4. Distance to the companions
From the observed colours we can derive intrinsic colours by correcting for interstellar reddening. We adopt a value of E = 0.16, which is the value that produces the intrinsic colour expected for a hot star. = - (Johnson, 1966). This generalised "hot star" refers to O-B stars, thus temperatures between 20,000K to 40,000K. The central star is considerably hotter, as is shown below. It is possible therefore that the intrinsic V colour is somewhat bluer, although the effect is likely to be small. No I magnitudes are available for other PN central stars, but the effect can be seen in B colours. Whereas the standard intrinsic colour for O-B stars is = -0.31 (Johnson, 1966), bluer colours have been measured for very hot central stars such as those of NGC 7293 and NGC 1360. In fact Kaler & Feibelman (1985) recommend the use of = -0.38. If the intrinsic V colour is also bluer, the value of extinction would be somewhat larger. However the extinction may also be derived from the ratio of the H to radio continuum, and from the nebular Balmer decrement. Cahn et al. (1992) give E values of 0.12 and 0.14 from these two kinds of measurements. Thus there is no clear indication that the value of extinction we have found should be increased. The intrinsic colours are shown in Table 2. Also given is the spectral type which corresponds to the intrinsic colour (Johnson, 1966). It was assumed that the companions are main sequence stars (if they were giants this would lead to an improbably large distance). Companion No. 3 would then have a value of M 4.7 and a distance of d 6 kpc. Companion no. 2 would have M 4.4 and d 5 kpc. If this difference is significant, and if so what it is due to, is a matter of speculation. The image of companion no. 2 shows a slight indication of being widened, so that the "binary" could be a triple system, which could explain its being overly bright. On the other hand, companion no. 3 could be sub-luminous. But the difference is small, and the conclusion may be drawn that the companions are at a distance between 5 and 6 kpc.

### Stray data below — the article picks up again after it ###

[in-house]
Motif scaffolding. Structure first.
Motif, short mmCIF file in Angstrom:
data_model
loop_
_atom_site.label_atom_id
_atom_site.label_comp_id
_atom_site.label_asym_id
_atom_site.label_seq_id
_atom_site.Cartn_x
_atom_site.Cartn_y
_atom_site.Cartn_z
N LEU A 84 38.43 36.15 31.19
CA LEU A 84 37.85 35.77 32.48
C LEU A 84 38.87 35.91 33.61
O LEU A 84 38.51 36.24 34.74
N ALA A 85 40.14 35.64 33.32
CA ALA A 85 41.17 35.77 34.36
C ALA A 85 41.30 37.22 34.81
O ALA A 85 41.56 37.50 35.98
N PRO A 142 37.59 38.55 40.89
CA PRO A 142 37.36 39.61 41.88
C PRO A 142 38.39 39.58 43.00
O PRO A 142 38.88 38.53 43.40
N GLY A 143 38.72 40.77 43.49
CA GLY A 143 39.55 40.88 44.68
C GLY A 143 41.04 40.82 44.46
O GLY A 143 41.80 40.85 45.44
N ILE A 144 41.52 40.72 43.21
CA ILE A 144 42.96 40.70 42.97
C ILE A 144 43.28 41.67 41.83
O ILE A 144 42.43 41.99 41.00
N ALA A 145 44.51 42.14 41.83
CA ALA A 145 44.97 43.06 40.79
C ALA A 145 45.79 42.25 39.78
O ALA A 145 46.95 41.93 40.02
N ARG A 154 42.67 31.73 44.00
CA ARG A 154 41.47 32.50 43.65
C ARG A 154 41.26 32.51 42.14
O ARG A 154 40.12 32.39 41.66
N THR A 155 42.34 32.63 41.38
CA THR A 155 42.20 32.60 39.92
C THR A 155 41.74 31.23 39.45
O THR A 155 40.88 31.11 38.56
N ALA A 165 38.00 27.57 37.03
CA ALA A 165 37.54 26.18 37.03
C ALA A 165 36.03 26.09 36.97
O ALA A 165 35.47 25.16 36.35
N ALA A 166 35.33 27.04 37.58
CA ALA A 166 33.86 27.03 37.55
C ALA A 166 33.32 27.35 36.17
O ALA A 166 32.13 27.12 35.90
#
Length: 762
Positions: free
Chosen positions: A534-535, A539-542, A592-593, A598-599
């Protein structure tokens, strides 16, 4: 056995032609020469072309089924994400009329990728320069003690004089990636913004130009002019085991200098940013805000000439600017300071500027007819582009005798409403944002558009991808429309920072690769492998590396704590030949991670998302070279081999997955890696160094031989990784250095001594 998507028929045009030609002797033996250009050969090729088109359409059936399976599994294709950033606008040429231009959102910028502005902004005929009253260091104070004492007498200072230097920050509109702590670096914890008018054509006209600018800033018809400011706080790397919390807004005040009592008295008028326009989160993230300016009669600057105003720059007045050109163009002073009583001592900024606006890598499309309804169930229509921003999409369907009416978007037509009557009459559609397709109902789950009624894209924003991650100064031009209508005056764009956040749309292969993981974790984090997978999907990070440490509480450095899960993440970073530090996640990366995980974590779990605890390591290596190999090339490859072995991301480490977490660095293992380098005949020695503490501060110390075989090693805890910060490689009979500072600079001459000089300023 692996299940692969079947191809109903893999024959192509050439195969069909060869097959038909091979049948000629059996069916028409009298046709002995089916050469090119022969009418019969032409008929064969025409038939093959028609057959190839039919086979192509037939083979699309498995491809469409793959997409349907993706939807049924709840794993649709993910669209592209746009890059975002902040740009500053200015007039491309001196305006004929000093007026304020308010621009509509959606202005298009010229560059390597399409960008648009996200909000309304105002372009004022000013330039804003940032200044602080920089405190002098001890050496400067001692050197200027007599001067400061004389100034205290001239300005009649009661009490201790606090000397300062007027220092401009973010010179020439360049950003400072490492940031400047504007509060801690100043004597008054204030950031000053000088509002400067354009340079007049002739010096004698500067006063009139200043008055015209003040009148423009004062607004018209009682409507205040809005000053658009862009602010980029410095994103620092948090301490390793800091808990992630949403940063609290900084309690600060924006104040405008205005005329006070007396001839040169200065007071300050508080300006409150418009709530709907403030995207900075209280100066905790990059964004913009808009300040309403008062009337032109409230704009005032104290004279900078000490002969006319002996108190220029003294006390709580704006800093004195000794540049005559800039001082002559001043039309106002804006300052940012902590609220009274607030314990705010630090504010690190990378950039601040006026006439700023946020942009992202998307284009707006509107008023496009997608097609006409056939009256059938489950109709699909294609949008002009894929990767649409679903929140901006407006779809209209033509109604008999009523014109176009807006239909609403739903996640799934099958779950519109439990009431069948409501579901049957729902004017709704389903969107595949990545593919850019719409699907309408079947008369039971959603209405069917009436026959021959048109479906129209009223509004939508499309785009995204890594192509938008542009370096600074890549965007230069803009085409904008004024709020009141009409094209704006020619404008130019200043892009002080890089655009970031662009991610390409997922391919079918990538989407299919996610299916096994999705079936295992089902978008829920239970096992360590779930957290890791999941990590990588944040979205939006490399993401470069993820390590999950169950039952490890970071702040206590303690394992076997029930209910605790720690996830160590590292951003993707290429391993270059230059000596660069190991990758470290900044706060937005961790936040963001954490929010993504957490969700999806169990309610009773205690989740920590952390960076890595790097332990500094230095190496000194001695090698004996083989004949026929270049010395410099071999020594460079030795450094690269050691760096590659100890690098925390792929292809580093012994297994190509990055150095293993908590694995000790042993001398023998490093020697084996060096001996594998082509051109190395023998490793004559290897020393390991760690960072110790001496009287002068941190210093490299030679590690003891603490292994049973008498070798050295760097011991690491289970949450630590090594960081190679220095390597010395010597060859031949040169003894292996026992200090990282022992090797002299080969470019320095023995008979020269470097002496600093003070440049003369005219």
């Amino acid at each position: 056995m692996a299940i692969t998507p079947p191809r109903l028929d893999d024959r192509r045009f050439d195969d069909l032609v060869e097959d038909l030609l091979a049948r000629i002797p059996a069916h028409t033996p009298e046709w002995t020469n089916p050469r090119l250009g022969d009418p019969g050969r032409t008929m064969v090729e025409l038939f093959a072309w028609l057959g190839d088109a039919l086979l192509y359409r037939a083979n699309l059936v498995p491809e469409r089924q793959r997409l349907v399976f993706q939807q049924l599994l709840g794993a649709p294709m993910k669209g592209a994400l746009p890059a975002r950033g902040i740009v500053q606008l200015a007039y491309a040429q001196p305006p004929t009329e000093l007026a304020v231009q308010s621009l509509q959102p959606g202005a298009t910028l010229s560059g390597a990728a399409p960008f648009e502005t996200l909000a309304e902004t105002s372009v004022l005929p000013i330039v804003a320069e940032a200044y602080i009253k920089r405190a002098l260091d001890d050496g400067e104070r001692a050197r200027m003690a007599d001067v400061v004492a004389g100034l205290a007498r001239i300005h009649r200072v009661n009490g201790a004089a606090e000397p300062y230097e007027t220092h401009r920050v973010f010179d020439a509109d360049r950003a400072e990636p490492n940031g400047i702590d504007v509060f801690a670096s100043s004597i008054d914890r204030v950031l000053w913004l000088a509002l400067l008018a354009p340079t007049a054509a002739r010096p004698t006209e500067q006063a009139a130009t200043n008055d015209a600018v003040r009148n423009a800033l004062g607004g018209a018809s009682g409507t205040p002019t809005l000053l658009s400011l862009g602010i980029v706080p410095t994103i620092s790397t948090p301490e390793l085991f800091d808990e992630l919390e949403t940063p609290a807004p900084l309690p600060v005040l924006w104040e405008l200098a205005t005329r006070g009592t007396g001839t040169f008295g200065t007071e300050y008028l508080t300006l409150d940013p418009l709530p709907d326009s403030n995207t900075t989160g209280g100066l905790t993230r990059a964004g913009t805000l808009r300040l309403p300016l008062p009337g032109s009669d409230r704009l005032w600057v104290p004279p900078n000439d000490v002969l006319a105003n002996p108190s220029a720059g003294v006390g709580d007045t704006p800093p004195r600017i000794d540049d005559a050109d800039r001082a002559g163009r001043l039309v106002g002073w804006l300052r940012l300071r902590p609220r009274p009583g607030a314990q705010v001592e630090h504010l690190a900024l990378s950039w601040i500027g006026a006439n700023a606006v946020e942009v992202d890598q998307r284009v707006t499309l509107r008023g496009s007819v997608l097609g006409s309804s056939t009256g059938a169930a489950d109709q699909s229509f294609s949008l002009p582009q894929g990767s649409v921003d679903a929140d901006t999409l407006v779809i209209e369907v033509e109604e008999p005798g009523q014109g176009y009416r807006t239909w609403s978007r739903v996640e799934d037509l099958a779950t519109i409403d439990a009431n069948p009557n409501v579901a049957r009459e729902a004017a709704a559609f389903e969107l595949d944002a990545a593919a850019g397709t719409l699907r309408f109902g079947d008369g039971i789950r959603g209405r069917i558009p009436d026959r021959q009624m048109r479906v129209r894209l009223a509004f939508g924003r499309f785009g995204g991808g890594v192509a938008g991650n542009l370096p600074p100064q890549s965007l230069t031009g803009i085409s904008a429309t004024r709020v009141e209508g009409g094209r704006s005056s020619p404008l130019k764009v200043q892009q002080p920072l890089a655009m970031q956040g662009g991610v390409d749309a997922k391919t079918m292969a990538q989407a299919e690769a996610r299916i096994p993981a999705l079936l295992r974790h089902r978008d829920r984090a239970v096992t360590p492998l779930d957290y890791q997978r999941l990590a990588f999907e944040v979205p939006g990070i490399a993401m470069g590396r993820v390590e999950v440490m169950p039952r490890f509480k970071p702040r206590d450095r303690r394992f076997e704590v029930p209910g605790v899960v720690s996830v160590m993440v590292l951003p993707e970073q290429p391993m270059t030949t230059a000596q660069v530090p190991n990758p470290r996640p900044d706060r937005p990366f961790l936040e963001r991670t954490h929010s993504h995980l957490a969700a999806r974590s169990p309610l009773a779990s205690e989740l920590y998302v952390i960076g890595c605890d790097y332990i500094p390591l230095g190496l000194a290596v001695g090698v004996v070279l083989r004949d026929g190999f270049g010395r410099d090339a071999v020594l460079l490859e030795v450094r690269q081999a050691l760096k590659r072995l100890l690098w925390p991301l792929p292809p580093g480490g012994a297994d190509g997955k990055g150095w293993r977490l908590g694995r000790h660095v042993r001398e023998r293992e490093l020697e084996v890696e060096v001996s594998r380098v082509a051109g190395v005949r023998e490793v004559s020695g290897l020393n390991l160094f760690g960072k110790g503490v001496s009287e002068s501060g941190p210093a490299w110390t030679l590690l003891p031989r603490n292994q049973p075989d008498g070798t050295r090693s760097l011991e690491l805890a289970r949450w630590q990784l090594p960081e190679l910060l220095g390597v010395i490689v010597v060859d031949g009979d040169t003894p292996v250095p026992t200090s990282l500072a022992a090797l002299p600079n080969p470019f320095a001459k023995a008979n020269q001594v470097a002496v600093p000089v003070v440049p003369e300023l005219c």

© European Southern Observatory (ESO) 1998
Online publication: June 12, 1998